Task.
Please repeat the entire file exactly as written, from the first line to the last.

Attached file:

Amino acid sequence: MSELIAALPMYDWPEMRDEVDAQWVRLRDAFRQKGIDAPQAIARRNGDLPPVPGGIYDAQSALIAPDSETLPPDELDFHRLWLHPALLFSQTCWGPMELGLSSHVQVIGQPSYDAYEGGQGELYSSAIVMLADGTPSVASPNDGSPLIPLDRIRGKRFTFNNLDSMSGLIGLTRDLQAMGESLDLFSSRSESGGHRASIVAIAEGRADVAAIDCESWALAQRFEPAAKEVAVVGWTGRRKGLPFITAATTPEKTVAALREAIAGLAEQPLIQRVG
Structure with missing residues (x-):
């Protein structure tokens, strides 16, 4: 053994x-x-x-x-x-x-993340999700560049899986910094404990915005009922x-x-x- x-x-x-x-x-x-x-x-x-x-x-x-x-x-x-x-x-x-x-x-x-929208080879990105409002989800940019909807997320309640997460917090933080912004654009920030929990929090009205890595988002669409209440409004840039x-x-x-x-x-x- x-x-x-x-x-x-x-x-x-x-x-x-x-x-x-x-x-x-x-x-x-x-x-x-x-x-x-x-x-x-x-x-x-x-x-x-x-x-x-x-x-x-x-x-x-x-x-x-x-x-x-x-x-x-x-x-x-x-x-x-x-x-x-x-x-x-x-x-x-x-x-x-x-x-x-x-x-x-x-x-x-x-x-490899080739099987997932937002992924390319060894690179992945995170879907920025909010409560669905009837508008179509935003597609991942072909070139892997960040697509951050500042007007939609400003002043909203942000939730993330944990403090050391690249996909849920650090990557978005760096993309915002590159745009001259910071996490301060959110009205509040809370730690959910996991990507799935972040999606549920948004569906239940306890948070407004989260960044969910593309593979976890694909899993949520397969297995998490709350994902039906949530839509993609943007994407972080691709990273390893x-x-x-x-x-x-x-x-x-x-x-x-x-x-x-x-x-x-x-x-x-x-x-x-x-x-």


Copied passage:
Amino acid sequence: MSELIAALPMYDWPEMRDEVDAQWVRLRDAFRQKGIDAPQAIARRNGDLPPVPGGIYDAQSALIAPDSETLPPDELDFHRLWLHPALLFSQTCWGPMELGLSSHVQVIGQPSYDAYEGGQGELYSSAIVMLADGTPSVASPNDGSPLIPLDRIRGKRFTFNNLDSMSGLIGLTRDLQAMGESLDLFSSRSESGGHRASIVAIAEGRADVAAIDCESWALAQRFEPAAKEVAVVGWTGRRKGLPFITAATTPEKTVAALREAIAGLAEQPLIQRVG
Structure with missing residues (x-):
């Protein structure tokens, strides 16, 4: 053994x-x-x-x-x-x-993340999700560049899986910094404990915005009922x-x-x- x-x-x-x-x-x-x-x-x-x-x-x-x-x-x-x-x-x-x-x-x-929208080879990105409002989800940019909807997320309640997460917090933080912004654009920030929990929090009205890595988002669409209440409004840039x-x-x-x-x-x- x-x-x-x-x-x-x-x-x-x-x-x-x-x-x-x-x-x-x-x-x-x-x-x-x-x-x-x-x-x-x-x-x-x-x-x-x-x-x-x-x-x-x-x-x-x-x-x-x-x-x-x-x-x-x-x-x-x-x-x-x-x-x-x-x-x-x-x-x-x-x-x-x-x-x-x-x-x-x-x-x-x-x-490899080739099987997932937002992924390319060894690179992945995170879907920025909010409560669905009837508008179509935003597609991942072909070139892997960040697509951050500042007007939609400003002043909203942000939730993330944990403090050391690249996909849920650090990557978005760096993309915002590159745009001259910071996490301060959110009205509040809370730690959910996991990507799935972040999606549920948004569906239940306890948070407004989260960044969910593309593979976890694909899993949520397969297995998490709350994902039906949530839509993609943007994407972080691709990273390893x-x-x-x-x-x-x-x-x-x-x-x-x-x-x-x-x-x-x-x-x-x-x-x-x-x-």